The two short pieces that Pedro chose were beautifully played and although they were obviously salon pieces written for Paderewski’s own tours he almost turned ‘baubles into gems’.His extraordinary sense of balance allowed the touching ‘bitter sweet’ melody to sing in an enchanting way that was of great effect.The Cracovienne fantastique on the other hand where the Gopak type dance was played with great energy and character.There was also scintillating jeux perlé effects that were ravishing and would have obviously thrilled the thousands of fans that flocked to hear the ‘greatest virtuoso of all time’.Pedro’s fingerfertigkeit was extraordinary in the way the notes just seemed to flow from his fingers with such charm and ease.Let us not forget that Paderewski was the first pianist to give a solo recital in the newly opened 3000 seat Carnegie Hall and 20000 people flocked to hear him in Madison Square Garden.A modern day Lang Lang one might say who like Paderewski has also put his quite considerable fortune amassed from his concert career to philanthropical use.
After the invasion of Poland in 1939, Paderewski returned to public life. In 1940, he became the head of the National Council of Poland , a Polish sejm (parliament) in exile in London. He again turned to America for help and his broadcast was carried by over 100 radio stations in the United States and Canada. He advocated in person for European aid and to defeat Nazism. In 1941, Paderewski witnessed a touching tribute to his artistry and humanitarianism as US cities celebrated the 50th anniversary of his first American tour by putting on a Paderewski Week, with over 6000 concerts in his honour. In 1992, after the end of communism in Poland, his remains were transferred to Warsaw and placed in St.John’s Archcathedral. His heart is encased in a bronze sculpture in the National Shrine of Our Lady of Częstochowa near Doylestown,Pennsylvania.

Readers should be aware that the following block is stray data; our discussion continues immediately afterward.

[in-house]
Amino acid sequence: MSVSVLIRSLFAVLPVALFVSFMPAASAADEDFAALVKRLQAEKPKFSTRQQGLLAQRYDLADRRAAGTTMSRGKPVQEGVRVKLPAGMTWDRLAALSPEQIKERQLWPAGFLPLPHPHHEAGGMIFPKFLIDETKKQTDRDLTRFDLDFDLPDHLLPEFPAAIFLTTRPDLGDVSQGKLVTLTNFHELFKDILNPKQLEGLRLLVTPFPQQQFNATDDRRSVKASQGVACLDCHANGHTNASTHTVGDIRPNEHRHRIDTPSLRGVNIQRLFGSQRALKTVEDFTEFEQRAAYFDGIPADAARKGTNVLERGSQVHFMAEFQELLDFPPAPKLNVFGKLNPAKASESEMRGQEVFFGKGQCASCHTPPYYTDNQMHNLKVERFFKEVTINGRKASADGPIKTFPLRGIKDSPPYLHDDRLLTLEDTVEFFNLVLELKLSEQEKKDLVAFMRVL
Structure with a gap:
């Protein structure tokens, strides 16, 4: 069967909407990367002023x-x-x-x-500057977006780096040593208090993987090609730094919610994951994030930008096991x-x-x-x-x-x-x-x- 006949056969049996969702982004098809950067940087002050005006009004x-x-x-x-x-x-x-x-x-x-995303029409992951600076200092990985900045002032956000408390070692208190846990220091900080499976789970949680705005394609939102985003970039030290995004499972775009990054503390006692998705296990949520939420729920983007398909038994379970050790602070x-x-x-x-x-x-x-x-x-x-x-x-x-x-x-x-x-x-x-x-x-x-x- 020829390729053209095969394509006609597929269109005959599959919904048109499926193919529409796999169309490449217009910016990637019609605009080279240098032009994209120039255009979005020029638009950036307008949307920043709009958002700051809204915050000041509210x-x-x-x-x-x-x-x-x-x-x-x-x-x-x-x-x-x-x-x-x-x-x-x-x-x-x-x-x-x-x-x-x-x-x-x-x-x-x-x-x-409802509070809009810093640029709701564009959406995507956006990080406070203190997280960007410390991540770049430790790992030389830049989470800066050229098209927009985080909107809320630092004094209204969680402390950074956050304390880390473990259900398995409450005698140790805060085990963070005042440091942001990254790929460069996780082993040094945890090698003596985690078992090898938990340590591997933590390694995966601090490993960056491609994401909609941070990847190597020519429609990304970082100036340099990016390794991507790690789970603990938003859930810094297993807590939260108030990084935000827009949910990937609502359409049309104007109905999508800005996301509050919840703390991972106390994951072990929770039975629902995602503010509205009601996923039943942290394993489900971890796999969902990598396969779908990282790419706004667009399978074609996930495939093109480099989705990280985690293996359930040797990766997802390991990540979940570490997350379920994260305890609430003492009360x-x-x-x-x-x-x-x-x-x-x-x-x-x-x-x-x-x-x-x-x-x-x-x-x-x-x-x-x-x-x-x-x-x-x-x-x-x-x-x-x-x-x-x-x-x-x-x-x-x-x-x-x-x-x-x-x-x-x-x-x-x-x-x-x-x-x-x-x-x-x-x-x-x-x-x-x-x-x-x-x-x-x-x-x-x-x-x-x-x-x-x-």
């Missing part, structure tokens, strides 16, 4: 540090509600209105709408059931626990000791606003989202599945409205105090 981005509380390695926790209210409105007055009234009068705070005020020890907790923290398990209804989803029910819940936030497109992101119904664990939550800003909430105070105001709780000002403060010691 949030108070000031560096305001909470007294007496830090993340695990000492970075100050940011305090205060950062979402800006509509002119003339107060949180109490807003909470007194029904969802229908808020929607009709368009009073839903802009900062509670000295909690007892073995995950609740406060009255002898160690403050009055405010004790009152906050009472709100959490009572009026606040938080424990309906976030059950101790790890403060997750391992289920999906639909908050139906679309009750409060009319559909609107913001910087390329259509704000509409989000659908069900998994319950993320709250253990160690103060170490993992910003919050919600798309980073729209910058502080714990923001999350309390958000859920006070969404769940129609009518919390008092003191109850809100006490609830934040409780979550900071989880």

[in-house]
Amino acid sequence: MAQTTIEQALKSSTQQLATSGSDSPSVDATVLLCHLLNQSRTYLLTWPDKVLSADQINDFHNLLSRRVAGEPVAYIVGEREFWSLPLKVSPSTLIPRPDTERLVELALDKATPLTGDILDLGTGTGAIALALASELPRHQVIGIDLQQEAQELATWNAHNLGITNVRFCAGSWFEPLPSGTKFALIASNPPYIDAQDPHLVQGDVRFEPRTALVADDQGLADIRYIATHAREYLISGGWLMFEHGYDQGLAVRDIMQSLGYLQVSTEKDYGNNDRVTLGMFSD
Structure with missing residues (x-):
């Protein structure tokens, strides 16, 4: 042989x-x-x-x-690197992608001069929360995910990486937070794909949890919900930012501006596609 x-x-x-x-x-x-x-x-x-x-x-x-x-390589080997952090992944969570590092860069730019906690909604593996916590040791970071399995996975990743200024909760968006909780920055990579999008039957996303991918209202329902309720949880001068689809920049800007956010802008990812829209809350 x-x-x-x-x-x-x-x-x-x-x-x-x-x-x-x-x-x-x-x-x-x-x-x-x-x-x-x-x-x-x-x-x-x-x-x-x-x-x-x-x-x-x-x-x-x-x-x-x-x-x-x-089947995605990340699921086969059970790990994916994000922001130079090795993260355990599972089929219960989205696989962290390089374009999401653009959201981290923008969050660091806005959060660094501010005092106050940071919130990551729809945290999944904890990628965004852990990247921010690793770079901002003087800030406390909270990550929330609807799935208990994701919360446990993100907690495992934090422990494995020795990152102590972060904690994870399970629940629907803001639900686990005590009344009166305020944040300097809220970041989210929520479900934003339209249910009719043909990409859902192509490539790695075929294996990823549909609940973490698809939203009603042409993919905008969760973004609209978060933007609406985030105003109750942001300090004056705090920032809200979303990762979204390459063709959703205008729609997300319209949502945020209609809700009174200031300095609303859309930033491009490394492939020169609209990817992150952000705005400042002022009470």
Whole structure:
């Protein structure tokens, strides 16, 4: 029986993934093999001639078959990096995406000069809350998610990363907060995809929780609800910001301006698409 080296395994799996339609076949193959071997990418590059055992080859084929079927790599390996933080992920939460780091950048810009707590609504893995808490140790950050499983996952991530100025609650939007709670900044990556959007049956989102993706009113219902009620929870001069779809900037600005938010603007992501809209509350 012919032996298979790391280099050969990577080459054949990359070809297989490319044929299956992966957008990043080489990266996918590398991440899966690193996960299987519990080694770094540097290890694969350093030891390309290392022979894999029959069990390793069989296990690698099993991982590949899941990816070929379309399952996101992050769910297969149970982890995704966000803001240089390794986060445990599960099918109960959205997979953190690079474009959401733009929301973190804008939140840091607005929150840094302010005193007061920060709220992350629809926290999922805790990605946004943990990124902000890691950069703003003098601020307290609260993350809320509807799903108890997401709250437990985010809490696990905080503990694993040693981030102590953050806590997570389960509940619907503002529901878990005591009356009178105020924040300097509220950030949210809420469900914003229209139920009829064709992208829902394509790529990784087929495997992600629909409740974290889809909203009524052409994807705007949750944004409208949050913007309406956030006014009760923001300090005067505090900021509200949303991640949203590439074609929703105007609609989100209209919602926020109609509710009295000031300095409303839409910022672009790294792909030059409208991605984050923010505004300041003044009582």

Piano Sonata No. 1, Op. 22 by Ginastera is in four movements.It was commissioned by the Carnegie Institute and the Pennsylvania College for Women writing a piano sonata for the Pittsburgh International Contemporary Music Festival. The first performance in 1952 was given by pianist Johana Harris, wife of American composer Roy Harris, and Ginastera’s intention for the piece was to capture the spirit of Argentine folk music without relying on explicit quotations from existing folk songs.Ginastera was born in Buenos Aires (April 11, 1916 – June 25, 1983) and is considered to be one of the most important 20th century classical composers of the Americas.He studied at the Williams Conservatory in Buenos Aires, graduating in 1938 and as a young professor, he taught at the Liceo Militar General San Martín. After a visit to the United States in 1945–47, where he studied with Aaron Copland at Tanglewood, he returned to Buenos Aires. Ginastera grouped his music into three periods: “Objective Nationalism” (1934–1948), “Subjective Nationalism” (1948–1958), and “Neo-Expressionism” (1958–1983). Among other distinguishing features, these periods vary in their use of traditional Argentine musical elements. His Objective Nationalistic works often integrate Argentine folk themes in a straightforward fashion, while works in the later periods incorporate traditional elements in increasingly abstracted forms.
There was playing of rhythmic precision and driving Latin fever mixed with episodes of ravishing colour.The legato meanderings of the second movement were of Chopinesque whispered mystery until sudden ferocious outbursts erupted before dissolving back to its atmospheric beginnings.There was startling intensity in the Adagio with its calm and crystalline melodic interruptions over exotic luxuriant arpeggiando chords.The final toccata was played with a ferocious outpouring of savage rhythms that were of great effect and brought this showcase work to a brilliant conclusion.Much to the relief of the director Simon Gammell who feared that his 1898 instrument might have collapsed in a heap at his feet!But Pedro is an artist who can feel the limits and possibilities of the instrument he is playing and can gage his passion with extraordinary sensitivity.